A retired Newfoundland bishop known for advocating for same-sex marriage has joined the Anglican Network in Canada (ANiC), a breakaway group of Anglican churches known for its opposition to same-sex marriage.
Bishop Cyrus Pitman, who was bishop of the diocese of Eastern Newfoundland and Labrador from 2004 to 2013, has come out of retirement to work for an ANiC member church in Newfoundland, the Anglican Journal has learned. ANiC is in turn part of the Anglican Church in North America, which formed a parallel and independent network of parishes in the late 2000s due to disagreement on issues of sexuality, among other doctrinal divisions.
In an email to the Anglican Journal, Pitman said he had surrendered his license as a bishop in the Anglican Church of Canada so that he could be licensed in ANiC.
“I have been worshipping for some time at the Church of the Good Samaritan where I am working with young men in our homeless shelter. This ministry to the homeless is what the gospel is all about. I am happy to continue to serve the Lord in this way,” he wrote.
In January 2008, Pitman asked clergy in the diocese of Eastern Newfoundland and Labrador to declare their loyalty to the Anglican Church of Canada at the same time that they renewed their ordination vows and licenses. At the time, the CBC reported he said that while there was room for legitimate disagreement within the church, leaving to join the incipient breakaway organization was going too far. Also at that time, his predecessor as bishop of Eastern Newfoundland and Labrador, Bishop Donald Harvey, was moderator bishop of ANiC, which was then in its infancy.
Susan Green is a parishioner in the diocese of Eastern Newfoundland. The daughter of a pastor, she says she can’t remember a life without the church in it. Pitman, whom Green knew through her family’s connection to the church, worked closely with her to advocate for same-sex marriage in the church. She says he was the first person to encourage her, along with her partner, Brenda Halley, to speak out about wanting their family to be affirmed in the church.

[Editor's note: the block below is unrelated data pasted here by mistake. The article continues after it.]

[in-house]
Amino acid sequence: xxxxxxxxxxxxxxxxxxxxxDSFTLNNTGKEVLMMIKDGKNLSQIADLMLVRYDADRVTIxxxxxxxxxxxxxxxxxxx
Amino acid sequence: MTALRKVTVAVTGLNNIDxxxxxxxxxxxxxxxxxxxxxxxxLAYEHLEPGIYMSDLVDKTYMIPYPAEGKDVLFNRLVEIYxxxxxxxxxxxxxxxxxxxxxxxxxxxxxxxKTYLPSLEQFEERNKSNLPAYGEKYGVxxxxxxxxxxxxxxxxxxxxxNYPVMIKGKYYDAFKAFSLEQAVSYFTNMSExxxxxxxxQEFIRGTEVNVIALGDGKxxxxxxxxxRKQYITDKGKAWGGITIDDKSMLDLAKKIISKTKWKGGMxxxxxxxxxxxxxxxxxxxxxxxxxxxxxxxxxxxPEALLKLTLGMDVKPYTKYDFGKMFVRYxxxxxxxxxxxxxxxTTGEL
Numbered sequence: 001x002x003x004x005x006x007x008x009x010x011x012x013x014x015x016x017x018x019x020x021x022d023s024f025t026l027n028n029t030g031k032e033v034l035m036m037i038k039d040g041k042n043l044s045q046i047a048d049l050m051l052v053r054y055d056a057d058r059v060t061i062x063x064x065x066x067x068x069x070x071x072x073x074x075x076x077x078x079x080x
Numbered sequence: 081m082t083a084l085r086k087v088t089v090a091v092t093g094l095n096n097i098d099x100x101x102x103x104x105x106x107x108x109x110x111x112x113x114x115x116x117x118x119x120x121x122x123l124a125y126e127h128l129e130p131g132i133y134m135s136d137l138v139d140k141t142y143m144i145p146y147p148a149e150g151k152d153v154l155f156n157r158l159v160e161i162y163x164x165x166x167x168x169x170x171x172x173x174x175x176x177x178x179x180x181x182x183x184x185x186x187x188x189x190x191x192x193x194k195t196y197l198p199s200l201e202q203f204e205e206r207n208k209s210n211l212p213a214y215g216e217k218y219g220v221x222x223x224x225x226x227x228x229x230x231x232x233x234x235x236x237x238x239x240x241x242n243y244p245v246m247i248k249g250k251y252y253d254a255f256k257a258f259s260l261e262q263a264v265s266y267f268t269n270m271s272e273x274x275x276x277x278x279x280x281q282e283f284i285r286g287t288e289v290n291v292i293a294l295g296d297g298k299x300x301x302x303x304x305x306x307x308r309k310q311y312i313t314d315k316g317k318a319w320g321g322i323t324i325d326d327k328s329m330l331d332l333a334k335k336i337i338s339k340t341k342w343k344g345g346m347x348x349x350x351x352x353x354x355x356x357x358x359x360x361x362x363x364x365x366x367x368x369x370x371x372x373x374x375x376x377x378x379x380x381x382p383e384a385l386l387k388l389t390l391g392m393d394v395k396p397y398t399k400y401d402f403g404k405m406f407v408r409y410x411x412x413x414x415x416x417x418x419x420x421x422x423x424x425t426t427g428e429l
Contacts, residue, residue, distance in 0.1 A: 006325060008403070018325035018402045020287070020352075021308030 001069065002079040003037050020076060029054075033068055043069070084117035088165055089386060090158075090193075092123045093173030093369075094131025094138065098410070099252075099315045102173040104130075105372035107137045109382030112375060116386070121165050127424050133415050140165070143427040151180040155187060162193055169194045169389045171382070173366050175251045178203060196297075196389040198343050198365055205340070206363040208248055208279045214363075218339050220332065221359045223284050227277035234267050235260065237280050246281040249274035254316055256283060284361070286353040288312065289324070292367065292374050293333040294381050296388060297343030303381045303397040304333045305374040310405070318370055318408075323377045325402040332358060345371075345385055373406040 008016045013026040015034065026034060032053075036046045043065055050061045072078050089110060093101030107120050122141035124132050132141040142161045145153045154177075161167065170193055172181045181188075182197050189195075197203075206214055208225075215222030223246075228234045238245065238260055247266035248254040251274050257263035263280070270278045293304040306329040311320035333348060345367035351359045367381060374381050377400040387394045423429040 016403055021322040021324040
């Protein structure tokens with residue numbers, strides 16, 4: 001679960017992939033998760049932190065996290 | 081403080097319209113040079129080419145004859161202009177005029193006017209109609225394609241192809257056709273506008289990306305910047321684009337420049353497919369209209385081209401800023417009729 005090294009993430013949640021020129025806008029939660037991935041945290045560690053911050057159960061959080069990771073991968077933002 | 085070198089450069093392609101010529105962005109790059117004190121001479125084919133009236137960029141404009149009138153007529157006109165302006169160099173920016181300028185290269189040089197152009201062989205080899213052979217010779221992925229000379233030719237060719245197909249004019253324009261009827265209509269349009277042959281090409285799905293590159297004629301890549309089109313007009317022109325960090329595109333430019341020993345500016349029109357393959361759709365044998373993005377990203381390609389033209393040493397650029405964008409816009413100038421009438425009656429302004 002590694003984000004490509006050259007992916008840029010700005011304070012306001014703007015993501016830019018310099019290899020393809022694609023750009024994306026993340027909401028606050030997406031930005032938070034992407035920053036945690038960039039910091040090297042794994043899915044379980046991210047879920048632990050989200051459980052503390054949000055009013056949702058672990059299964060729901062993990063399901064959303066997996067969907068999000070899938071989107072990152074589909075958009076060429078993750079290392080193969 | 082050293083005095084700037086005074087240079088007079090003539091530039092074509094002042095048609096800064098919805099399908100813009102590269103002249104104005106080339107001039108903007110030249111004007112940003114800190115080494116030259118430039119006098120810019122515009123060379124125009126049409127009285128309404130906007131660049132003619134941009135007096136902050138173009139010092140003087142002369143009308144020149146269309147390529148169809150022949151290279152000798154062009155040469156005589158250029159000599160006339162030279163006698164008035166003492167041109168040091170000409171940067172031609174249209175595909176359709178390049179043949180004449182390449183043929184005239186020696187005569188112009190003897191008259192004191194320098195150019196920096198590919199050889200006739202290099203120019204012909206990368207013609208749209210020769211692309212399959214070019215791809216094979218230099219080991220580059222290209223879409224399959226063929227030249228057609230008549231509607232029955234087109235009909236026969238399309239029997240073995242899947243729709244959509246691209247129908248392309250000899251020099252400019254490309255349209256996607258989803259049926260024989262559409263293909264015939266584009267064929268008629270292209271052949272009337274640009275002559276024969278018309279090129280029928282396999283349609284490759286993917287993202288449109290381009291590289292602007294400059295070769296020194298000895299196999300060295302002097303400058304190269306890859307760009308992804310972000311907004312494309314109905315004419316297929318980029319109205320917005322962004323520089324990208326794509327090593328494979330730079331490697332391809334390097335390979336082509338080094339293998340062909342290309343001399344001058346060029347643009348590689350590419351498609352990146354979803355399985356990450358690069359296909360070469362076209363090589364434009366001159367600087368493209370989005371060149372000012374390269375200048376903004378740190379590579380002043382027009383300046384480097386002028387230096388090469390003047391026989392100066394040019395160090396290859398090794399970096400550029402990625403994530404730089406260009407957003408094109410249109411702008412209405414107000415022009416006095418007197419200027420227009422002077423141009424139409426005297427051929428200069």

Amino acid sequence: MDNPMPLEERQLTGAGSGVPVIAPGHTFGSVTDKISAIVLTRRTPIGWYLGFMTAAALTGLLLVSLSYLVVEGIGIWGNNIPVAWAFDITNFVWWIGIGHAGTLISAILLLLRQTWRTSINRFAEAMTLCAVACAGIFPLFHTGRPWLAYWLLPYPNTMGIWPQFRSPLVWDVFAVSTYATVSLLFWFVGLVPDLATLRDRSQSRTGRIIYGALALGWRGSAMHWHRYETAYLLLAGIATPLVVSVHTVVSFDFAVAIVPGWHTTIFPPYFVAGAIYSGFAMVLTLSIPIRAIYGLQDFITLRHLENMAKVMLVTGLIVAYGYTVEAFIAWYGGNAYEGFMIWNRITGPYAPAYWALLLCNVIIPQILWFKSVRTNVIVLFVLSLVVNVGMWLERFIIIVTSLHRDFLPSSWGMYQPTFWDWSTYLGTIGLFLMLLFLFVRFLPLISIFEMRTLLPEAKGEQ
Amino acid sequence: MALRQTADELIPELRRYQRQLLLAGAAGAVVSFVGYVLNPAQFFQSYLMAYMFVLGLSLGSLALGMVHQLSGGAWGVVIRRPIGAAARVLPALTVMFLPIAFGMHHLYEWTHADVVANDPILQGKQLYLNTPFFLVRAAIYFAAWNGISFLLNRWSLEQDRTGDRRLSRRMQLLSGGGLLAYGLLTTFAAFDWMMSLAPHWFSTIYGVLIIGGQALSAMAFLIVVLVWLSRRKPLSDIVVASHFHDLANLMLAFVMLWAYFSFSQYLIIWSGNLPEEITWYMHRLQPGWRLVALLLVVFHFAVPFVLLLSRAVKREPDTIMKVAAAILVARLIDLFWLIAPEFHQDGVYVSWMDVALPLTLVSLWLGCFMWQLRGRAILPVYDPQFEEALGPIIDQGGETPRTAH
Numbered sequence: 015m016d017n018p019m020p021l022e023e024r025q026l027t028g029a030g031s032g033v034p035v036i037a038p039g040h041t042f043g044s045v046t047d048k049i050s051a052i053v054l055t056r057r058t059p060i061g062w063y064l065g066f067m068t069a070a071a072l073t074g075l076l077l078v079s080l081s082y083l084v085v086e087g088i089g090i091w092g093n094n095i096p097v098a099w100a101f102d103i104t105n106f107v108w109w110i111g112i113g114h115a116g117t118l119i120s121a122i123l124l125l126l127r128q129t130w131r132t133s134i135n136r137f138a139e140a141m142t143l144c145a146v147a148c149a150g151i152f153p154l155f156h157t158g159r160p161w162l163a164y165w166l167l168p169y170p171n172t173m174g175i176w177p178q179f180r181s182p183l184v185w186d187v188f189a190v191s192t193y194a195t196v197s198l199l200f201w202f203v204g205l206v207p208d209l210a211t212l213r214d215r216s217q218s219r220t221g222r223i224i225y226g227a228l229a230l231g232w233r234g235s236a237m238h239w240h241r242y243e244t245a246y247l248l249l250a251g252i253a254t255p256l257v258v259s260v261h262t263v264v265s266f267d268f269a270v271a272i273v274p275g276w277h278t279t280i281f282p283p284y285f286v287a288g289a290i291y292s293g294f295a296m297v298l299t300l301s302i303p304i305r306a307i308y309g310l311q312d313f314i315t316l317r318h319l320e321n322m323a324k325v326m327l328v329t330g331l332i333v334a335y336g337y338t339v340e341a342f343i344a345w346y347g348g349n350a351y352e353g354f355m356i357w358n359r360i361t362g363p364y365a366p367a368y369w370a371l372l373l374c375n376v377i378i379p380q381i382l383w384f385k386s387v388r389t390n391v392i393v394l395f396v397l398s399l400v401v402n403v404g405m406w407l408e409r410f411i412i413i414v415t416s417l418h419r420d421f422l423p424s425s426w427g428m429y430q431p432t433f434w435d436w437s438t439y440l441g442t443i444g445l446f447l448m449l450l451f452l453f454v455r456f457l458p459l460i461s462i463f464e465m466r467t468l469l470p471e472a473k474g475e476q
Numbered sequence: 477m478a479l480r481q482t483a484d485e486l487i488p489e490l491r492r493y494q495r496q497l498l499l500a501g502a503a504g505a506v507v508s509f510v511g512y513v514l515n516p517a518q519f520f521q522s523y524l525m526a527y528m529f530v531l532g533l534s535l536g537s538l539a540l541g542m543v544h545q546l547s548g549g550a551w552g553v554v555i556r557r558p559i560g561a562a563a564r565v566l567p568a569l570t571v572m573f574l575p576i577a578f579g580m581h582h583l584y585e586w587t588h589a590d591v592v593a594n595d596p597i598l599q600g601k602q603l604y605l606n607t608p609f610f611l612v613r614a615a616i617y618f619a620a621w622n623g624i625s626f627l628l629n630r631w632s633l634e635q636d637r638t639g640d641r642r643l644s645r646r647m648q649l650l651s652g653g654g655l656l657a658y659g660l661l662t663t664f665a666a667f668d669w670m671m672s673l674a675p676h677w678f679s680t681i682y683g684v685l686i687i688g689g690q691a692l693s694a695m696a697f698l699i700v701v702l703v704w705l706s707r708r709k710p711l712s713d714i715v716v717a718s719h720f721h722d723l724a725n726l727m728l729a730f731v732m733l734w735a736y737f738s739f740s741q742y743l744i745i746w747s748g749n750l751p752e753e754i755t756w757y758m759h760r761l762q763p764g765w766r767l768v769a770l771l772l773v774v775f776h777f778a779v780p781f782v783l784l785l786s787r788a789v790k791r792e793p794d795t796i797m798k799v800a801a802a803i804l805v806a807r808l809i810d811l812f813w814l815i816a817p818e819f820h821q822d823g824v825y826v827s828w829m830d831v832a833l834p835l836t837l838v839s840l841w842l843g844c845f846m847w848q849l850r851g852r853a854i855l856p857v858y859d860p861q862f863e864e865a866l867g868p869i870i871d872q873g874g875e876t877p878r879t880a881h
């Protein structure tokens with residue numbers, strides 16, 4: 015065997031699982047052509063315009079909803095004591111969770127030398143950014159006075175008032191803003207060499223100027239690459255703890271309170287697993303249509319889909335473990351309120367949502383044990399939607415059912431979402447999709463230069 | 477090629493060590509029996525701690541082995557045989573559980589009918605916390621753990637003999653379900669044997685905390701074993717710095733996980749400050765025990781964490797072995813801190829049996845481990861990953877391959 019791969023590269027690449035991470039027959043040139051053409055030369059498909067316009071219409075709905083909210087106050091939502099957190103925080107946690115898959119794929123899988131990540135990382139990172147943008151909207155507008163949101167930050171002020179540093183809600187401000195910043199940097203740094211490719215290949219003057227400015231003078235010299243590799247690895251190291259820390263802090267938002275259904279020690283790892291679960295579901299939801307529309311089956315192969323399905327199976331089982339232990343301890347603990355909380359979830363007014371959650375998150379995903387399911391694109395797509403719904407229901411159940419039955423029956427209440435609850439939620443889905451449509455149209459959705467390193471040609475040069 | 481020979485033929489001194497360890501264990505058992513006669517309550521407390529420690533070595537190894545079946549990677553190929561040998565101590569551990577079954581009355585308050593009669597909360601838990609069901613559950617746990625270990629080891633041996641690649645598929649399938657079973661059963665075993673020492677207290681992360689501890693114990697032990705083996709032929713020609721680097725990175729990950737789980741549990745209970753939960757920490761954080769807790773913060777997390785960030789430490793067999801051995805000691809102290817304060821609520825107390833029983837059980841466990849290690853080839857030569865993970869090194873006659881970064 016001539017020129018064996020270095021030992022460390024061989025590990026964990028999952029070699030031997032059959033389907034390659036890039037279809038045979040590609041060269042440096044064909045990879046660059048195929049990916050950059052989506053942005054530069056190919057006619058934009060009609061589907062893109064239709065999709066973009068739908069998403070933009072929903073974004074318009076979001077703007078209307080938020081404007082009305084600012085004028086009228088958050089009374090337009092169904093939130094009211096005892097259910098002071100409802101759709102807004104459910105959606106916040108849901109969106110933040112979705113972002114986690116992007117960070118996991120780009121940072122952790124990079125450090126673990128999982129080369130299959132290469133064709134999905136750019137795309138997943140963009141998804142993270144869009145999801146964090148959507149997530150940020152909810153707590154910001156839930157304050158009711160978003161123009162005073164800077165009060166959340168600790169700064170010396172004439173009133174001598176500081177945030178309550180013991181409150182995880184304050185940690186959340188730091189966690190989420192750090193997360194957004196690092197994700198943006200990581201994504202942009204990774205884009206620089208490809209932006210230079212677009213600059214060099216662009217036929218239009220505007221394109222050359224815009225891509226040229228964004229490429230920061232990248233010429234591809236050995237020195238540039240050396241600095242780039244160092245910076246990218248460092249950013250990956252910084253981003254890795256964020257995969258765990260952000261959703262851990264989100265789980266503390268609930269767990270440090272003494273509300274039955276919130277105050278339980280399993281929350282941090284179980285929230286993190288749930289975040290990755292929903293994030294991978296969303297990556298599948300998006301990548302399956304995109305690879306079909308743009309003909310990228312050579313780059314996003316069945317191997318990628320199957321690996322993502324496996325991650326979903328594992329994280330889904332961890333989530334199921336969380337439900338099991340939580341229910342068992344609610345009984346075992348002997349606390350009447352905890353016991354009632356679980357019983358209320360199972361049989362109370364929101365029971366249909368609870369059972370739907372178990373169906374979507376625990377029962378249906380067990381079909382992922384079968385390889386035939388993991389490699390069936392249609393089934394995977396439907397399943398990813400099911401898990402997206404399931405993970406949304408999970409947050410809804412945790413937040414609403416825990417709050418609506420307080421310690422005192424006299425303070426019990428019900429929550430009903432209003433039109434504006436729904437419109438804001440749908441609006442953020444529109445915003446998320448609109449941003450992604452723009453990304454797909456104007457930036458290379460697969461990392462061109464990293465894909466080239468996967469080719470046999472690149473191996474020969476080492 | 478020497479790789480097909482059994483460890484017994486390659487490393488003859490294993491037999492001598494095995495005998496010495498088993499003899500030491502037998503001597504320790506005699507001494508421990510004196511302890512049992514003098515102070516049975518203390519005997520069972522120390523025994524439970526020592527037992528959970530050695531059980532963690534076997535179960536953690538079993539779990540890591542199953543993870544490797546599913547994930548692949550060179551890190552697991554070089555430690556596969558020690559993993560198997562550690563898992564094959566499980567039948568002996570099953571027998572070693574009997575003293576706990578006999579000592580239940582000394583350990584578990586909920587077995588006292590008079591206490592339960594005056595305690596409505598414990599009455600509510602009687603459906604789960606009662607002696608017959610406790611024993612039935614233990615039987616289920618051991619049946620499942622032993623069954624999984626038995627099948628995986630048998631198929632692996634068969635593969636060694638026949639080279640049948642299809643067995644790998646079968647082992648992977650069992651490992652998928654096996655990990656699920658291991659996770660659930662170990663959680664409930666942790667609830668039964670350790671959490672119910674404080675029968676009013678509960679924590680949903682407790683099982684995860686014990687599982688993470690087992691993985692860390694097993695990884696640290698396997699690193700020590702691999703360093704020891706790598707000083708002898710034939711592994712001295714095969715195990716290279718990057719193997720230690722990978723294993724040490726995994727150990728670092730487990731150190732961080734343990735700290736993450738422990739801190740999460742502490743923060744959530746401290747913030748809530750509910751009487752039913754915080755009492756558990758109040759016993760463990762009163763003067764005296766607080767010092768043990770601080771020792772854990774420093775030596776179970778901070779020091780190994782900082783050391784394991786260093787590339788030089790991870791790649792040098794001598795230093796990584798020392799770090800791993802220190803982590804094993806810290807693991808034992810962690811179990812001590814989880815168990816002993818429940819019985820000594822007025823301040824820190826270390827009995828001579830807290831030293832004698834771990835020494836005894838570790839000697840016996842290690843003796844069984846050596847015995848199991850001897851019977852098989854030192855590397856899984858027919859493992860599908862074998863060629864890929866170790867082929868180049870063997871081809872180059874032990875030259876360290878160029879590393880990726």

So when she heard he had left the Anglican Church of Canada to join ANiC, she says, she was surprised by the reversal.
“My initial reaction was a sense of betrayal. That was an emotional reaction,” she says. “And then I started to think about it, and I tried to reframe this for myself because [whenever] I see another leader in our church or even a frontline kind of parishioner leave our church, it’s a sad thing.” But, she said, if it’s a sign that those who oppose same-sex marriage no longer feel at home in the church, “then maybe that’s an okay thing.”
In a follow-up email to the Journal, Pitman said, “I did nothing to harm gay and lesbian people when I was the bishop of Eastern Newfoundland and Labrador, and I am doing nothing to harm them now.
“I am sorry if some people are offended by my decision to join ANiC. I have nothing further to say.”
Pitman’s successor, Bishop Sam Rose, declined to comment, but did forward to the Journal a message he had previously sent to the diocese’s clergy, in which he confirmed Pitman had informed him he would no longer be a member of the diocese.
“I ask your prayers for Bishop Pitman, and we thank God for his ministry in our diocese over the years,” Rose concluded the message.